Christine Wagner was a fresh face with a sad, angry story at this week’s City Council meeting.
Her and her husband Brian say their house at 818 Greenfield St. NE is being ruined by water this spring, and they say it is because of a new medical office under construction just to the west of their property.
Everything at the Wagner house, built in 1955 in an established neighborhood, was fine until developer Bjornsen Investment Corp. began readying for and construction then began on the medical office several months ago on Rockwell Drive NE north of Blairs Ferry Road NE, the Wagners say.
But then, out of the blue, the Wagners say they have had water spill into their home and drench their yard three times this year, causing significant distress and damage.
The city’s Public Works Department is well aware of the Wagners’ problem, but the problem hasn’t stopped.
“Nobody has done anything to help us,” Christine Wagner, turning emotional, pleaded with the City Council Wednesday evening during the public comment period of the council meeting.
”I’m extremely disappointed,” she said more than once in front of the council. She talked and held up photographs of the water problems in and around her house.
“It’s a sponge,” she said of her yard. “Your feet sink.
“… I need to have something done. I’m losing my house.”
In recent days, Brian Wagner, an information technology specialist at AEGON USA, has told his story to The Gazette while standing in his well-maintained, but now swampy yard.
Brian Wagner estimated damage to his home at about $20,000, but he said he doesn’t have the many thousands of dollars to pay an attorney to try to fight the developer or City Hall.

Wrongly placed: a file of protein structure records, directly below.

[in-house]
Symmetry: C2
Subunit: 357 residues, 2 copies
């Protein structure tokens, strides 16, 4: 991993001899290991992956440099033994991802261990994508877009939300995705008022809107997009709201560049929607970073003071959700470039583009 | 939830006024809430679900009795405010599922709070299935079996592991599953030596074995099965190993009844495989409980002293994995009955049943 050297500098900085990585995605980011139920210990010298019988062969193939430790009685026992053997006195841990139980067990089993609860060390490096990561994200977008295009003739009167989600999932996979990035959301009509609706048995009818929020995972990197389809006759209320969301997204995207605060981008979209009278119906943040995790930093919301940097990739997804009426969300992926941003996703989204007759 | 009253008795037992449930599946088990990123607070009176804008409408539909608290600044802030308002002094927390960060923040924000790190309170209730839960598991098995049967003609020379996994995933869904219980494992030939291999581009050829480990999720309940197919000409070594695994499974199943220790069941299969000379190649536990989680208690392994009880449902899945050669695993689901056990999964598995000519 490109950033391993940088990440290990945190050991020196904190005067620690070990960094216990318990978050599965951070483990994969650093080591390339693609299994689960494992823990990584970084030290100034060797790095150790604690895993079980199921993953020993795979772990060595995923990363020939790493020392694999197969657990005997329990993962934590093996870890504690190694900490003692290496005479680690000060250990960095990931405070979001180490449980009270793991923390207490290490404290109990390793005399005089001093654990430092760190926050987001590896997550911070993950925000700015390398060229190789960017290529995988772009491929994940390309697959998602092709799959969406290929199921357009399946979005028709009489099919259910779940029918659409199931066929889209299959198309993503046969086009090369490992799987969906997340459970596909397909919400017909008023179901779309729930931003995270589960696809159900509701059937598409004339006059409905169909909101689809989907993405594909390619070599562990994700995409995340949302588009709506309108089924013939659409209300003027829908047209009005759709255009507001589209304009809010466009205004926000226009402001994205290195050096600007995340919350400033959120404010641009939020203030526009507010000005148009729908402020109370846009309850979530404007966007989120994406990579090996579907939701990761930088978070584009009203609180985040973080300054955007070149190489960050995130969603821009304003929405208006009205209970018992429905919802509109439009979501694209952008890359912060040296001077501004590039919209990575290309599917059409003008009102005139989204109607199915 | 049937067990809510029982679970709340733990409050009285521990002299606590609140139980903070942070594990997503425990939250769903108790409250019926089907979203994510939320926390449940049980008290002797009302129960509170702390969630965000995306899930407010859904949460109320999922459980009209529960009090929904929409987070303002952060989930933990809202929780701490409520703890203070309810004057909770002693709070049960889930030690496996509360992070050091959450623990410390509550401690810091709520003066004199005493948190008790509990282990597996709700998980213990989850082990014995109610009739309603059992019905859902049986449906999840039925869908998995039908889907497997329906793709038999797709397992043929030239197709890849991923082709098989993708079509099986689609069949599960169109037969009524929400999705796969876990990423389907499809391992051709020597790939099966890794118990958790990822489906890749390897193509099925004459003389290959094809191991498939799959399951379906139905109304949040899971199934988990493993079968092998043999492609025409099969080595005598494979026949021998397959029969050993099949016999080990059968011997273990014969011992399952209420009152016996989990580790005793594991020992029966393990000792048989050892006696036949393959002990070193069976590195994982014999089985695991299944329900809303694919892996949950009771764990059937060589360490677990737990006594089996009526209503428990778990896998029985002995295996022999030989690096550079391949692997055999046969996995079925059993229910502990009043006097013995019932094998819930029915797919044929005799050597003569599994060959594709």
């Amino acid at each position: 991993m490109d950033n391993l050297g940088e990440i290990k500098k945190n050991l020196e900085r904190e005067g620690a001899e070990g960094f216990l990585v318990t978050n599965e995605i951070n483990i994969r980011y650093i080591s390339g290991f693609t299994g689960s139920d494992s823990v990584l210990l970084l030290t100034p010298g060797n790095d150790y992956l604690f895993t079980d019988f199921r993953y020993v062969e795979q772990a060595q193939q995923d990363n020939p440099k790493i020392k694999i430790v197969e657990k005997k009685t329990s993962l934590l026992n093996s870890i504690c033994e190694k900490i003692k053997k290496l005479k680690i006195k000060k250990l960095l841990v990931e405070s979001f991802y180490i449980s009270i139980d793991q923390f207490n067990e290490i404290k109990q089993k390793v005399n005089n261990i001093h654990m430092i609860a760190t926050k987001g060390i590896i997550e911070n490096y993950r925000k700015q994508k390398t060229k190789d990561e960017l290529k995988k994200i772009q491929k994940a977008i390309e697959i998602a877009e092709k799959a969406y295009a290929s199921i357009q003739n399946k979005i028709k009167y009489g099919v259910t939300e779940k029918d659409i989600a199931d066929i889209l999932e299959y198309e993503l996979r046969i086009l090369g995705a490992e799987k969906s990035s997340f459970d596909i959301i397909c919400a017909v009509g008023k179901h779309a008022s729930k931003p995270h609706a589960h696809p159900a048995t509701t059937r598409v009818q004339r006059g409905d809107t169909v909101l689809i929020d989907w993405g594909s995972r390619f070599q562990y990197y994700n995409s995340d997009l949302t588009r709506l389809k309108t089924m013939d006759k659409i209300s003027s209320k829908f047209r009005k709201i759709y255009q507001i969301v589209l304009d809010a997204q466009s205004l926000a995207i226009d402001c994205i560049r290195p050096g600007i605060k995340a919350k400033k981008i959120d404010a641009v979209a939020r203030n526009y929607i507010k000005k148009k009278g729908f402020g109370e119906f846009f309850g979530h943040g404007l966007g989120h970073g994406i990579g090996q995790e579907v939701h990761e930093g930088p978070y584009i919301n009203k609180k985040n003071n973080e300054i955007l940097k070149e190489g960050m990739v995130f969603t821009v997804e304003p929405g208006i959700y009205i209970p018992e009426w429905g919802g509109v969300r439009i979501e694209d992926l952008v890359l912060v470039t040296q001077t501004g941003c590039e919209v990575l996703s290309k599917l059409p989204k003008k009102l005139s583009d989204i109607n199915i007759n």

The Wagners point out that the city is requiring the new medical office development to make storm sewer improvements, and Christine Wagner told the council this week that she couldn’t understand why those improvements didn’t come before the construction.
“Who is going to make them do that?” she asked the council. “I’m going to make them do that?”
The City Planning Commission and the City Council approved the new medical office development late last year.
Brian Wagner appeared at the planning commission meeting in November and alerted it to water problems already coming from the medical office site as the developer was readying for construction. The commission approved the developer’s plans, encouragiing additional water management measures. Commissoner Scott Overland said it was important that the proposed site did not create more drainage problems in the future, according to the commission minutes.
Christine Wagner said she wasn’t opposed to development, but she pleaded with the council to not turn a blind eye when a development causes harm to others.
“You got to let these developers come in. But you better take care of the people who were there first,” she said.
Terry Bjornsen, of Bjornsen Investment Corp. in Cedar Rapids, on Thursday said drainage problems existed in the area before the medical office development. He now has sold the site, he said.
Ken DeKeyser, storm water utility engineer in the city’s Public Works Department, on Wednesday noted that the city is readying to improve storm sewers in the affected area this summer, with the developer and city joining in the cost of the work.
In the larger issue, DeKeyser noted that City Hall is now encouraging and promoting in-fill development like this new medical office near the Wagners’ home. And in that regard, he said the city has begun to employ a “smart-growth” scorecard, which credits developments that rank as “in-fill.” The idea is that it saves the city money if someone builds where the city already has services rather than letting the city sprawl by having someone build on the city’s edge where services aren’t in place.
However, DeKeyser noted that in-fill development brings its own challenges when a new development comes to an old neighborhood that itself may long have had substandard roads and sewers.
He noted that the Greenfield Street NE neighborhood meets that bill.
One of the questions then becomes, should the new development pay to fix what was substandard before the new development arrived? DeKeyser said.
With the prospect for more and more in-fill development in Cedar Rapids, the city “probably” needs to examine conditions and get storm sewer extensions built a lot earlier, DeKeyser said.